Friday, December 25, 2020


Usually I take 2 weeks off from the job at the end of the year but this year I decided otherwise. Normally we travel around Christmas to Russia to visit my parents-in-law but corona made this impossible. Also visiting people is currently not allowed in Belgium and all the enjoyable activities outside are cancelled. I hope next year will be better as I transferred the maximum allowed holidays. One of the positive sides of this situation is that I don't spend much money. Even online I haven't looked for any sales.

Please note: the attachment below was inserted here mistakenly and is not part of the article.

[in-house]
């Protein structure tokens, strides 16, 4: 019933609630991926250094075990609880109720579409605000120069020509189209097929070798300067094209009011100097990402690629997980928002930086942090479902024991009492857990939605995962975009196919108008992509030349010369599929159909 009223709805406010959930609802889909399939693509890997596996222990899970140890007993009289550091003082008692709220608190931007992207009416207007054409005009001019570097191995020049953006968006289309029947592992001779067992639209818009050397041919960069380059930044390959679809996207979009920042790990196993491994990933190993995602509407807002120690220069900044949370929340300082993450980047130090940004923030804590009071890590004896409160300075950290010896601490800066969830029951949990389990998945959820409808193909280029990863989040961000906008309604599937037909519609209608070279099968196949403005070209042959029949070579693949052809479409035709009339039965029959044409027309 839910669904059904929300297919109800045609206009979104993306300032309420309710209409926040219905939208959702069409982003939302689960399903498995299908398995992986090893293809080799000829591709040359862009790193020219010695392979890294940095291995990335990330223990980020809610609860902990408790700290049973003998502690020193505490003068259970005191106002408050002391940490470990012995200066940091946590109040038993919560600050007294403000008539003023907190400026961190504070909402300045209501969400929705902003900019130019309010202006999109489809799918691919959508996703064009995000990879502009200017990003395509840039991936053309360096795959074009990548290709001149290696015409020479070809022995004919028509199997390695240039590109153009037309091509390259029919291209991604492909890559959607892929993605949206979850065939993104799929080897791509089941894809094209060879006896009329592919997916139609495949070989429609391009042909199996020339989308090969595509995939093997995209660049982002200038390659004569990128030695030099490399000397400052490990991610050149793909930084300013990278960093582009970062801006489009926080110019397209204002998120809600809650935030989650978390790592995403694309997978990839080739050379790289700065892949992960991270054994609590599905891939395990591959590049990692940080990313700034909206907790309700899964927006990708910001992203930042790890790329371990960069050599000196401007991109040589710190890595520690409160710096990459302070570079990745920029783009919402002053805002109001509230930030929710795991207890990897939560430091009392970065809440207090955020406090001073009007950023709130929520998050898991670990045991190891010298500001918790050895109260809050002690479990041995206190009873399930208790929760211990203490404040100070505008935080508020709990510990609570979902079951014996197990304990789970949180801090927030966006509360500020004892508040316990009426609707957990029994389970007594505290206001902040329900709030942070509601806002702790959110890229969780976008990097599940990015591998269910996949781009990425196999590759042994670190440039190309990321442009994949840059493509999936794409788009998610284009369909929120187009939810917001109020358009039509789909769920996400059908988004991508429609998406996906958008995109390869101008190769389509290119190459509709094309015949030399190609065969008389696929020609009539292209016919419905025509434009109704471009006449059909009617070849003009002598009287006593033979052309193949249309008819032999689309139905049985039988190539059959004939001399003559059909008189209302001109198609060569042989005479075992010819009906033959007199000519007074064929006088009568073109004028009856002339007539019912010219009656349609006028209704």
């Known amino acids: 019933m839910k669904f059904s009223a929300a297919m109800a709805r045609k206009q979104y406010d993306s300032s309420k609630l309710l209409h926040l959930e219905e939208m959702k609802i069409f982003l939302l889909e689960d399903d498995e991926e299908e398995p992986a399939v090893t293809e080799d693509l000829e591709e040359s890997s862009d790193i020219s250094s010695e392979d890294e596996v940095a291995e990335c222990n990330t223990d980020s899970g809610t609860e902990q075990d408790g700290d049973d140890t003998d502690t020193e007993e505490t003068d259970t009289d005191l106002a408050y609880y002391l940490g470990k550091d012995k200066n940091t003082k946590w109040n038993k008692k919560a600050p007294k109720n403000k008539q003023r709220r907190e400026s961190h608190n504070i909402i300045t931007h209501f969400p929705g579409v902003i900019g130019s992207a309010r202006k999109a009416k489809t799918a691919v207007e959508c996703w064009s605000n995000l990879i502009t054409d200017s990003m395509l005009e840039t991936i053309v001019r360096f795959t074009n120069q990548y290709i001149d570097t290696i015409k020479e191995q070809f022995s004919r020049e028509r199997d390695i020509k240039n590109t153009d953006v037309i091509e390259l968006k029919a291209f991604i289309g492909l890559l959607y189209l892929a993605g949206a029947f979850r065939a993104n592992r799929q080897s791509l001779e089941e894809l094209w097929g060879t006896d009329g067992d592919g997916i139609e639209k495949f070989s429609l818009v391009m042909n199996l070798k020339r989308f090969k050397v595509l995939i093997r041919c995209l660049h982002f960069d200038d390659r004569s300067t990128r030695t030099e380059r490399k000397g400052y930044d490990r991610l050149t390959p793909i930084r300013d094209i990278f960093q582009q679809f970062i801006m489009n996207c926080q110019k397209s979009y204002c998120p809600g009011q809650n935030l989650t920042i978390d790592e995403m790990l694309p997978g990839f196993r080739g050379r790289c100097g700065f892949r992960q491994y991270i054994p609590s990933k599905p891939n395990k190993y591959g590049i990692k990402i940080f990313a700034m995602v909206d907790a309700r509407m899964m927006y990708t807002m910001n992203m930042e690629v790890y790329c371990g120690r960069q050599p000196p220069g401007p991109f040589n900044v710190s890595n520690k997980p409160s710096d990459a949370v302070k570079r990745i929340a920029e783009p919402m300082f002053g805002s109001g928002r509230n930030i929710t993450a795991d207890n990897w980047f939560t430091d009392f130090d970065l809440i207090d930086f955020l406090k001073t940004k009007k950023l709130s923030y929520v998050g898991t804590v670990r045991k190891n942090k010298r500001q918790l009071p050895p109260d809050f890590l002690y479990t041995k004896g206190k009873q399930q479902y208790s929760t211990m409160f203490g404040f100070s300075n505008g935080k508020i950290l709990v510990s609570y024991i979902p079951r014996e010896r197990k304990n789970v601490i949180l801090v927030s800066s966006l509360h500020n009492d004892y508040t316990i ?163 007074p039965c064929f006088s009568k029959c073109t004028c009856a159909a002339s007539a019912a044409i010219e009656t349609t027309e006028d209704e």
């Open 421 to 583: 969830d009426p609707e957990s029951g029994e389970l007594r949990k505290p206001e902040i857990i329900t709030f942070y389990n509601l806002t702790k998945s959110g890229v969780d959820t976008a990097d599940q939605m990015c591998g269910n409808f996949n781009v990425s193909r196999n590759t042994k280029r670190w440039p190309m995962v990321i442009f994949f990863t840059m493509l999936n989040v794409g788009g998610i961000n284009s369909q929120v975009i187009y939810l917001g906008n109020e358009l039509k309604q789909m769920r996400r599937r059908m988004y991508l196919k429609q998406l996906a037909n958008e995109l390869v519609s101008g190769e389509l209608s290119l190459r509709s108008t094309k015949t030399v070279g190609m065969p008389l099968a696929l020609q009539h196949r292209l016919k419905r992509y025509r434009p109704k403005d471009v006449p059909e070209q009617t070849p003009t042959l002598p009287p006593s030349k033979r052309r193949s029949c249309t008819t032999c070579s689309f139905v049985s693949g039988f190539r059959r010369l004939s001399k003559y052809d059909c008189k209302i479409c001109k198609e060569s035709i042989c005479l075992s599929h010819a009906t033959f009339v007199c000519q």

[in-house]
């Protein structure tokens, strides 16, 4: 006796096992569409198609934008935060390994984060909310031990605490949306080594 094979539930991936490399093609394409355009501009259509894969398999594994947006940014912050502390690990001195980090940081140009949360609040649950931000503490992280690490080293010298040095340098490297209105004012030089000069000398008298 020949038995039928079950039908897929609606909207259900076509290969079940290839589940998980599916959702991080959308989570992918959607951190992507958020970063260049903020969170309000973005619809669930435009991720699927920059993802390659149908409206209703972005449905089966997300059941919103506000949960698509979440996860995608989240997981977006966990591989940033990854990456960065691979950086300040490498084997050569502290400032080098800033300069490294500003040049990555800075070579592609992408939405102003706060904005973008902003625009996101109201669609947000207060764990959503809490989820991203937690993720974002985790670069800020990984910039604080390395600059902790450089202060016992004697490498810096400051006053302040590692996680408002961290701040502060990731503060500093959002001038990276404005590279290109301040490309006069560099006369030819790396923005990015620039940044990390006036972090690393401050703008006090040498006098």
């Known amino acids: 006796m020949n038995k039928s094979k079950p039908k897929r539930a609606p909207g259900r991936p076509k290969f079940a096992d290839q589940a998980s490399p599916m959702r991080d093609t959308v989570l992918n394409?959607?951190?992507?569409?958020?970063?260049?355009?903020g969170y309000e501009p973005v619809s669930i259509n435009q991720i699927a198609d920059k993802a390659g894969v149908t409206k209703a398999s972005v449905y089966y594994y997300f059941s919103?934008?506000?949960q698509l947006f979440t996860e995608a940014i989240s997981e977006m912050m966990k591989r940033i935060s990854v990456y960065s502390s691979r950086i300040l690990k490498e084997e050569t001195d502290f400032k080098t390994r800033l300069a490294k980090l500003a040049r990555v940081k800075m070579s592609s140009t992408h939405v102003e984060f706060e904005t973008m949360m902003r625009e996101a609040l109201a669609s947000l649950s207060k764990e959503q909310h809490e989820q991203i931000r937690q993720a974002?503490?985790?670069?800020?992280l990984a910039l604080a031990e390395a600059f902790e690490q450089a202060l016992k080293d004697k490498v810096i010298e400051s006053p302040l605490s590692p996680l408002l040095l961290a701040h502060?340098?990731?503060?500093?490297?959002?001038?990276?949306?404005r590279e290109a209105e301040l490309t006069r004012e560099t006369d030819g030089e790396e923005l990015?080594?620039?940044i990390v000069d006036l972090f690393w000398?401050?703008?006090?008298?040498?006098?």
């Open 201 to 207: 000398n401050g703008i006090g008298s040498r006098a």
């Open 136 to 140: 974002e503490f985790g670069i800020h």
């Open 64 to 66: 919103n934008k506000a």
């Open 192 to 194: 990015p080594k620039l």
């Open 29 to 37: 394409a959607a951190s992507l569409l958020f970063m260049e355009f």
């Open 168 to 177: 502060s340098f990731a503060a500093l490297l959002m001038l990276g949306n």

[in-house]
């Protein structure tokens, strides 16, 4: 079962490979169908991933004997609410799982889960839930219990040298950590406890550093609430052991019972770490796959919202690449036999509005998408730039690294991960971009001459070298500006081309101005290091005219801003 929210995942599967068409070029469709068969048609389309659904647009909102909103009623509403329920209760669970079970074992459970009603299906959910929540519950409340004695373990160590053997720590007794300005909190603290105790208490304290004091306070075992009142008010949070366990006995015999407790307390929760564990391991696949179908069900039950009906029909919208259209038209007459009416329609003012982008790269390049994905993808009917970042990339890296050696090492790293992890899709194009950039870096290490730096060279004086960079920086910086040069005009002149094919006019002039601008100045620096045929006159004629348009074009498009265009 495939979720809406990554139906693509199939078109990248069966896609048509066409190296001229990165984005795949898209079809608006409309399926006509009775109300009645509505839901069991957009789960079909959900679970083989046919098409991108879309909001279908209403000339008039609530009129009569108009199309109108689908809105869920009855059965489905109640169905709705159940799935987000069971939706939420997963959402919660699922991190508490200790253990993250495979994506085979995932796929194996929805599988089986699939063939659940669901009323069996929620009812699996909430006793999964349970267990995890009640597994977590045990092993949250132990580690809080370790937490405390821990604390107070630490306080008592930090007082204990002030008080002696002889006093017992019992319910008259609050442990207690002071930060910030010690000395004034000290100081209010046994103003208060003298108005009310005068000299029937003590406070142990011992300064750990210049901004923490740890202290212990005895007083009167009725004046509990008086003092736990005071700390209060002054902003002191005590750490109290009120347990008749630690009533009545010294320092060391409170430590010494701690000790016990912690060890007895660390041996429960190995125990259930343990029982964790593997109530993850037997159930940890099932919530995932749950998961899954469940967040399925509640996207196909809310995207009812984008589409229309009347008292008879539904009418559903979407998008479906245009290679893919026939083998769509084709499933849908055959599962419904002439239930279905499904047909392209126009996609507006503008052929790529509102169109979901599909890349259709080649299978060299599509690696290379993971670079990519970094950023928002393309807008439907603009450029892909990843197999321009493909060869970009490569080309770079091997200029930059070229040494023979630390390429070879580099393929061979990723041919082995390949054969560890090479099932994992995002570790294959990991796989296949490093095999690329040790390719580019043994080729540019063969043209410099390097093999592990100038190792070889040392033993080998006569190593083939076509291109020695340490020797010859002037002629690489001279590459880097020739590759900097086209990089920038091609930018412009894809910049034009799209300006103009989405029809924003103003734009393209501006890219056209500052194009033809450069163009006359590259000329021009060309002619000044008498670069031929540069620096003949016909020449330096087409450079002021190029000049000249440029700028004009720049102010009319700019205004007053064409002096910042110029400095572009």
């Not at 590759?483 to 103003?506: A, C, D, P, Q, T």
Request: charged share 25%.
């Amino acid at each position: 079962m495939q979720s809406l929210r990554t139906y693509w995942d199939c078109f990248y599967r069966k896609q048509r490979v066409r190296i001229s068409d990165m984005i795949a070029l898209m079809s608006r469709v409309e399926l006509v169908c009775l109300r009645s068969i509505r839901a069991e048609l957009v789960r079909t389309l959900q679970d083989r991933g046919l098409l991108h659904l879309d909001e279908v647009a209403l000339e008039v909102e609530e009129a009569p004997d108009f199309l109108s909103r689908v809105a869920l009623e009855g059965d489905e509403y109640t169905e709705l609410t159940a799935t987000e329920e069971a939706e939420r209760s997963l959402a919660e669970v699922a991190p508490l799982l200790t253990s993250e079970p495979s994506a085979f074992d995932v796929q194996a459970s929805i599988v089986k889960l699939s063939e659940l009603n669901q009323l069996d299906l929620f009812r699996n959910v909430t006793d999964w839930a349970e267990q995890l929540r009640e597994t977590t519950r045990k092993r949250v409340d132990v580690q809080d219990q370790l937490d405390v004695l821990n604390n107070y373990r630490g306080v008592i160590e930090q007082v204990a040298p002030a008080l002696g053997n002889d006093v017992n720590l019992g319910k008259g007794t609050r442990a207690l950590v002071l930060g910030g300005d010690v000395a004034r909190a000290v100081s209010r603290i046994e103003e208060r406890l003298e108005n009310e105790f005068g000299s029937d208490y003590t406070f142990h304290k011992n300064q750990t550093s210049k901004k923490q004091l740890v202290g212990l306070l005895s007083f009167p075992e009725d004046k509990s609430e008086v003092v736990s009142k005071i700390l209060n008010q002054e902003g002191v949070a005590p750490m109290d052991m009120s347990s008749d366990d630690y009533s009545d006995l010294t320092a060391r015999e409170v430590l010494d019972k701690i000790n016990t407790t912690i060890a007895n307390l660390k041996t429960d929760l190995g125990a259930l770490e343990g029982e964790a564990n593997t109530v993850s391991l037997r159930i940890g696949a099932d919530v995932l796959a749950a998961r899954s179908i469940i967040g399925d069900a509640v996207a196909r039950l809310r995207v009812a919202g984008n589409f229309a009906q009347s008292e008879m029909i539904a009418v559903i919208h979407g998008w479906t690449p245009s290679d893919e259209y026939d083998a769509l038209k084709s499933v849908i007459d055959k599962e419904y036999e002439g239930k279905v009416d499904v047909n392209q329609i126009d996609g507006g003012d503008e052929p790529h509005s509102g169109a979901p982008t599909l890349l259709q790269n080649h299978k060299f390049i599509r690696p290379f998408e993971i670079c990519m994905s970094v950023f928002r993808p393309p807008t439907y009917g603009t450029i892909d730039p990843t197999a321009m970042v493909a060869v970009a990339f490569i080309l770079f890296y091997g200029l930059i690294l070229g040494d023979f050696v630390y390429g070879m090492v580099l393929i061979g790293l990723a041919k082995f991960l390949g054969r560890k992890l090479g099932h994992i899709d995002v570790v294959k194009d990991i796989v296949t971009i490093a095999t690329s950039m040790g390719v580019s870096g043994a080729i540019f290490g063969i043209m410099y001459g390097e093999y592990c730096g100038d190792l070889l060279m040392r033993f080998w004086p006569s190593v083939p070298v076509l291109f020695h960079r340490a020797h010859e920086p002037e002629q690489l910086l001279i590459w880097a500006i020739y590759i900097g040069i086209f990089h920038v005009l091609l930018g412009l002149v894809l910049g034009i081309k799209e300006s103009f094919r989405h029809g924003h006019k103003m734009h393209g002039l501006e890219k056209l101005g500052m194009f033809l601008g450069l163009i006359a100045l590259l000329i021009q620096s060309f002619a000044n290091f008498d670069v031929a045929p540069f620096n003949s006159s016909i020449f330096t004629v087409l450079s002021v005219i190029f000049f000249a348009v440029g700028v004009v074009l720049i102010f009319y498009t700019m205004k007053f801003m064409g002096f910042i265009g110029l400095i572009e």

Sure Chessbase as every year has prepared again a number of flashy new products but I don't see the sense in buying the new Megadatabase 2021 for the exuberant price of 190 euro. This year you get 400.000 new games on top of the previous release see Megadatabase 2020. That sounds a lot especially in times where hardly any standard games were played due to corona. It is even more surprising if you compare with last year when only 350.000 games were added. Obviously Chessbase doesn't tell us on purpose that most of the newly added games were played online. I don't think it would be smart to put in an advertisement that people will mainly pay 190 euro for a collection of bullet, blitz or rapidgames which can be found for free online.